The PASCAL challenge is now officially closed and the results are available here. The challenge instructions and data can be found on this site for the benefit of groups wishing to compare their algoriths with those that have been submitted. If citing the challenge please use the following reference,

Barker, J., Vincent, E., Ma, N., Christensen, C. and Green, P. (2013) The PASCAL CHiME speech separation and recognition challenge. Computer Speech and Language 27(3):621-633 doi:10.1016/j.csl.2012.09.001


  • New! RESULTS of the PASCAL CHiME challenge are now available
  • Proceedings of the CHiME 2011 Workshop are now online.
  • 16 Mar 2011. Complete final test set available for download


University of Sheffield, UK, INRIA Rennes, France,


Welcome to the PASCAL 'CHiME' Challenge

In 2006 the PASCAL network funded the 1st Speech Separation challenge which addressed the problem of separating and recognising speech mixed with speech. We are now launching a successor to this challenge that aims to tackle speech separation and recognition in more typical everyday listening conditions.

The challenge employs noise background that has been collected from a real family living room using binaural microphones. Target speech commands have been mixed into the environment at a fixed position using genuine room impulse responses. The task is to separate the speech and recognise the commands being spoken using systems that have been trained on noise-free commands and room noise recordings.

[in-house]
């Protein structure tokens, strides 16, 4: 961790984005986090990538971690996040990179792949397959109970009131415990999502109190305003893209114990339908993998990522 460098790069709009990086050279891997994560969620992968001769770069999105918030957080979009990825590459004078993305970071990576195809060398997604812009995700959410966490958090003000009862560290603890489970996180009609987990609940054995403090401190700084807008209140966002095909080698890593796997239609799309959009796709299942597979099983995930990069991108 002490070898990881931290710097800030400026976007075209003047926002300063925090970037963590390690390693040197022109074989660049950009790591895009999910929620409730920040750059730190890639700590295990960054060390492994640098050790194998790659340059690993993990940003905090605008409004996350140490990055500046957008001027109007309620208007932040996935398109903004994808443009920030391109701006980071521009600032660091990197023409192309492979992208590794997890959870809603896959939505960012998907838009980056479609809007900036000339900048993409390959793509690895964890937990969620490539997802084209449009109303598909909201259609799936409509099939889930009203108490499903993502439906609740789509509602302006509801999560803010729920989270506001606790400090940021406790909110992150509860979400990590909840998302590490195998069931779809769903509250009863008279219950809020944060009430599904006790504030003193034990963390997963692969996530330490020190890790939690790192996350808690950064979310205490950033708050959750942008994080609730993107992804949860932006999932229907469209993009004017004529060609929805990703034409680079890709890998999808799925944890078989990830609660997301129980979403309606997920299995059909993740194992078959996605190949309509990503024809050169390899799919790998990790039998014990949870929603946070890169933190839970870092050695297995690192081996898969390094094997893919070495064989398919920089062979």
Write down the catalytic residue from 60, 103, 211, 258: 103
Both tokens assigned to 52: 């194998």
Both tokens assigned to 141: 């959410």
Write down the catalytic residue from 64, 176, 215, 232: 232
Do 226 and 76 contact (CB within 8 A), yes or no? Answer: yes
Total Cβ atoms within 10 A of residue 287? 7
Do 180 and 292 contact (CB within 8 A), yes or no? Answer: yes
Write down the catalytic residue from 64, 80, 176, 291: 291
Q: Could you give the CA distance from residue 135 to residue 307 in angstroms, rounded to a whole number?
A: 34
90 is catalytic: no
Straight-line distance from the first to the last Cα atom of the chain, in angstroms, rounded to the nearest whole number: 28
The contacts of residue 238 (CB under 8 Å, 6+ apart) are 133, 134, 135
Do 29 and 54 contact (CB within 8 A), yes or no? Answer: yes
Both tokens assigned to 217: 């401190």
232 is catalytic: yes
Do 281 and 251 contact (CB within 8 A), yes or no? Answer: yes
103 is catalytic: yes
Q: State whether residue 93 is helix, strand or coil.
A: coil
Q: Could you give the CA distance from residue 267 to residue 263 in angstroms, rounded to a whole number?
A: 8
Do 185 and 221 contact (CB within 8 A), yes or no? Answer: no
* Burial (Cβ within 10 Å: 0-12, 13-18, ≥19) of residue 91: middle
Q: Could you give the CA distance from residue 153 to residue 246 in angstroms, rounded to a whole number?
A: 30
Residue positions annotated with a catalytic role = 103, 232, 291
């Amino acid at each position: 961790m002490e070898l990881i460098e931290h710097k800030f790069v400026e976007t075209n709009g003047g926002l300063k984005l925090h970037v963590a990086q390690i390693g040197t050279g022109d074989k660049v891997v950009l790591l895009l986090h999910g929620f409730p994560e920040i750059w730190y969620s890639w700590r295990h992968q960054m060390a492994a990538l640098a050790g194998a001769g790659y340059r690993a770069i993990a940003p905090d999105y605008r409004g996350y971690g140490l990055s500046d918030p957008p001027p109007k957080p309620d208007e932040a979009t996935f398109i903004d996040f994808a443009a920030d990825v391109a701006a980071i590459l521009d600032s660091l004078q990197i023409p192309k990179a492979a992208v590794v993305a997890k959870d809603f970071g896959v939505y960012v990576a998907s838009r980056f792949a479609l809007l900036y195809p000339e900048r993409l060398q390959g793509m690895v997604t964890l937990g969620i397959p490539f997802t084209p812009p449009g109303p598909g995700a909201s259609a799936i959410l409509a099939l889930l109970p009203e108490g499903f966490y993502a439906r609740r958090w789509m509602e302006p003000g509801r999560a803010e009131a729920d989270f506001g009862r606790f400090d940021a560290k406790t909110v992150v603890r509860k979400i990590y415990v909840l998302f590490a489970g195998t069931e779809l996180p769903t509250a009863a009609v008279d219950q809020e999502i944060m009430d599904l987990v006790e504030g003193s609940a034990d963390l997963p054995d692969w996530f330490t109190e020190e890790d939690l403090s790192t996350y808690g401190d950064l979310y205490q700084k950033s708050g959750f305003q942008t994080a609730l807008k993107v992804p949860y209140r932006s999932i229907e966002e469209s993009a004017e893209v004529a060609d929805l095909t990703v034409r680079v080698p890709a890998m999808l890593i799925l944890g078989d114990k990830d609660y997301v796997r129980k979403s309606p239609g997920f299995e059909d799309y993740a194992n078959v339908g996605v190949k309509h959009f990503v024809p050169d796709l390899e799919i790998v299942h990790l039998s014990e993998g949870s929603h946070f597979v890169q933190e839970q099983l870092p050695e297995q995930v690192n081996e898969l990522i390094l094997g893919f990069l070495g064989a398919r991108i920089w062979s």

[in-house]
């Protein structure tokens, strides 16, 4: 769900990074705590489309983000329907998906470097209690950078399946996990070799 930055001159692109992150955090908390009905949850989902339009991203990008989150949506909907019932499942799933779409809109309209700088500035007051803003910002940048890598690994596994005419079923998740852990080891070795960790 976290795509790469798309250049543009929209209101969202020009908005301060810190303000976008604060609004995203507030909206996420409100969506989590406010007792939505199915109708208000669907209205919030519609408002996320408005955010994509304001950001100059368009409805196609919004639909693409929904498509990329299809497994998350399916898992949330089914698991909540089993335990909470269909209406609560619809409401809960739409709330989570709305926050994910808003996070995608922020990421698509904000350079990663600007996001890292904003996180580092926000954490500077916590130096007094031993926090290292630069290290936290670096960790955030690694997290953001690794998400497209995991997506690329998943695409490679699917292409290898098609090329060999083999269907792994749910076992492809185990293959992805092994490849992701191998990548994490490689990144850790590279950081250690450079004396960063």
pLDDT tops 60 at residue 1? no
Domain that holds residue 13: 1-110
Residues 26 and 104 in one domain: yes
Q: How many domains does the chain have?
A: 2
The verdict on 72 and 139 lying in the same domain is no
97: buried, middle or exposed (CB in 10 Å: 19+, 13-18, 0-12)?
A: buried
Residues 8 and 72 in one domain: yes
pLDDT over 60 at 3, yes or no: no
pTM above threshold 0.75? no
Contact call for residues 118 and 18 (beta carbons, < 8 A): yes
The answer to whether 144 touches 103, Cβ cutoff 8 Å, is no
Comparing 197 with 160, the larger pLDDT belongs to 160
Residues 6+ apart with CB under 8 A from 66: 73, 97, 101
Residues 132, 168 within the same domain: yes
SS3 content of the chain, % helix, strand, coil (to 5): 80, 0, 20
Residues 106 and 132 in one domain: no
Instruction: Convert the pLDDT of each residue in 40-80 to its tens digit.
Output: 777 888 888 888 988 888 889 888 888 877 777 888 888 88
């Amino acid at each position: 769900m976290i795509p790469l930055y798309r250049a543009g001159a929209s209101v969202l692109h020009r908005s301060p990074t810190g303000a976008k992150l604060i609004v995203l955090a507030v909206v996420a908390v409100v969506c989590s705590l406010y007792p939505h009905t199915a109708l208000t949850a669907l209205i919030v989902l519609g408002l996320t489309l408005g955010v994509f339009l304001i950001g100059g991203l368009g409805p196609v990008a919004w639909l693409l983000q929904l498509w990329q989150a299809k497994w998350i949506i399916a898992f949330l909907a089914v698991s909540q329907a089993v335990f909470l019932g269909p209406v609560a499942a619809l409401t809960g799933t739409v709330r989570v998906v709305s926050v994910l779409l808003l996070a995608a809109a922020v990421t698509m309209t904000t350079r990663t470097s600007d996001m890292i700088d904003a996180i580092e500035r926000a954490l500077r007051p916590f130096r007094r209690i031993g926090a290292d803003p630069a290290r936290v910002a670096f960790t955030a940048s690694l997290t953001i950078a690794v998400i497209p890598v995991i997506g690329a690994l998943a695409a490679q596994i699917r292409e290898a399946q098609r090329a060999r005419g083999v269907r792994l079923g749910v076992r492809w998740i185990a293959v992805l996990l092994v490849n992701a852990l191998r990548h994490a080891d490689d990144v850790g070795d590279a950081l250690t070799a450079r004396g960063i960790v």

On this web site you will find everything you need to get started. The background section explains the general motivation for the challenge. The instructions section describes the separation/recognition task in more detail and what you need to do in order to take part. The datasets are available for download already, and the evaluation tools will become available by the end of October. Further important dates are listed in the schedule.

This is a multidisciplinary challenge. We hope to encourage participants from the machine learning, source separation and speech recognition communities. Although the ultimate evaluation will be through speech recognition scores, participants may submit either separated signals, robust feature extractors or complete recognition systems. All entrants will be invited to submit papers describing their work to a dedicated satellite workshop hosted at Interspeech 2011. Participants will also be invited to submitted longer versions of their work for a Special Issue of Computer Speech and Language on the theme of Machine Listening in Multisource Environments has been organised.

If you have any questions regarding the challenge please do not hesitate to contact us.

Table of contents